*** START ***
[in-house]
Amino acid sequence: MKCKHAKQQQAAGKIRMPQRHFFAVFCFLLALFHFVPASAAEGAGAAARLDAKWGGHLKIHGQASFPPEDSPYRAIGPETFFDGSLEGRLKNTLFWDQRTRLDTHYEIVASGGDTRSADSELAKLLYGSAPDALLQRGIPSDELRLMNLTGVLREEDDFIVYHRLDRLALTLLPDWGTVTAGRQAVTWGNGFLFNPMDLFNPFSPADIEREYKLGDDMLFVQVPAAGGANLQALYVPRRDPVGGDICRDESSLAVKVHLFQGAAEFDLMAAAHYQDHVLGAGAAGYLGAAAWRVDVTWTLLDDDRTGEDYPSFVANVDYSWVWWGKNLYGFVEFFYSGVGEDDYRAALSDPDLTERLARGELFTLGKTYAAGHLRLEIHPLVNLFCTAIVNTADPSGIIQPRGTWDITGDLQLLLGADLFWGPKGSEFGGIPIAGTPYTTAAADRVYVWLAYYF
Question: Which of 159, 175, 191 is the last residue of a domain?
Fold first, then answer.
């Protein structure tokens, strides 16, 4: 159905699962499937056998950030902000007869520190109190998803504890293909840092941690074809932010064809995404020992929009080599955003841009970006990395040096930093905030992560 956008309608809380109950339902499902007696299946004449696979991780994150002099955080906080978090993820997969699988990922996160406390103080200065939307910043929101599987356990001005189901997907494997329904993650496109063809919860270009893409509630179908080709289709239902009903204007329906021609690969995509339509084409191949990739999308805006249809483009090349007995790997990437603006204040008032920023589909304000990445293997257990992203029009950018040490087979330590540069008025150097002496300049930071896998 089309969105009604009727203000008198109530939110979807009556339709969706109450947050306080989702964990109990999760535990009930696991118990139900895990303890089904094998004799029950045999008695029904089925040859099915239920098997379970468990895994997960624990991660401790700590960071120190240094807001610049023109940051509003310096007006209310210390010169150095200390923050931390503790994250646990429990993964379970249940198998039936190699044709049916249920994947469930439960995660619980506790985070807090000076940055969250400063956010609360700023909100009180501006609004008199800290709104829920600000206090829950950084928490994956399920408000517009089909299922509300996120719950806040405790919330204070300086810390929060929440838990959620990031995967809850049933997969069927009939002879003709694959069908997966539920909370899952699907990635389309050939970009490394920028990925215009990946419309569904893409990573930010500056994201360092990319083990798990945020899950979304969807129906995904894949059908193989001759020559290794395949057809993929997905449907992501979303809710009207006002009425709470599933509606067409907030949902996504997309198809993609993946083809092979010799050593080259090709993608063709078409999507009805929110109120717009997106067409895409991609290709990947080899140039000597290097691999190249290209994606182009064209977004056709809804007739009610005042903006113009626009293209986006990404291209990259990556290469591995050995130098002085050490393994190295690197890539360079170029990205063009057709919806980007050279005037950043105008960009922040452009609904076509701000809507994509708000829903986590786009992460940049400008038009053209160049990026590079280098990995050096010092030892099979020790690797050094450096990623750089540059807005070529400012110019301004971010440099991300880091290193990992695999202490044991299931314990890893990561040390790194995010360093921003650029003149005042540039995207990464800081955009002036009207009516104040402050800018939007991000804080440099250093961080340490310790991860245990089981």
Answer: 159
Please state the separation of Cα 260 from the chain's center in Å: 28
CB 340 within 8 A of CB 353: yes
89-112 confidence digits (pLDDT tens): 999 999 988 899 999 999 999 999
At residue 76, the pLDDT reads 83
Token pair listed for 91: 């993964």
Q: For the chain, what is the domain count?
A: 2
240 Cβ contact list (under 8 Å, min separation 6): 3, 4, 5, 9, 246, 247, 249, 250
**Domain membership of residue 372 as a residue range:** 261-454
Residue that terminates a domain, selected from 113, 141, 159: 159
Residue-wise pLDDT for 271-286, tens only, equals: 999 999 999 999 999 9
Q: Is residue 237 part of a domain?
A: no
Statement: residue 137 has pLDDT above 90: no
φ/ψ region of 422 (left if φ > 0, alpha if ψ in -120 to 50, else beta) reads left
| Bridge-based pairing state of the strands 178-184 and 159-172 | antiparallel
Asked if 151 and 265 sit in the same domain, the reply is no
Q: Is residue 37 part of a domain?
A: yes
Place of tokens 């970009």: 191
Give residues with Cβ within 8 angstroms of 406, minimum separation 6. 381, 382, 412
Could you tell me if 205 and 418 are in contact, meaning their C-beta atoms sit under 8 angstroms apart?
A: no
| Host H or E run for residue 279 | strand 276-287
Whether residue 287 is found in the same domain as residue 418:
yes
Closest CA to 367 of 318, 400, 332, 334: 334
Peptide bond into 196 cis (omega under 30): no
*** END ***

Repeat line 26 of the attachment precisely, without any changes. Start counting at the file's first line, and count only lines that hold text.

Place of tokens 């970009």: 191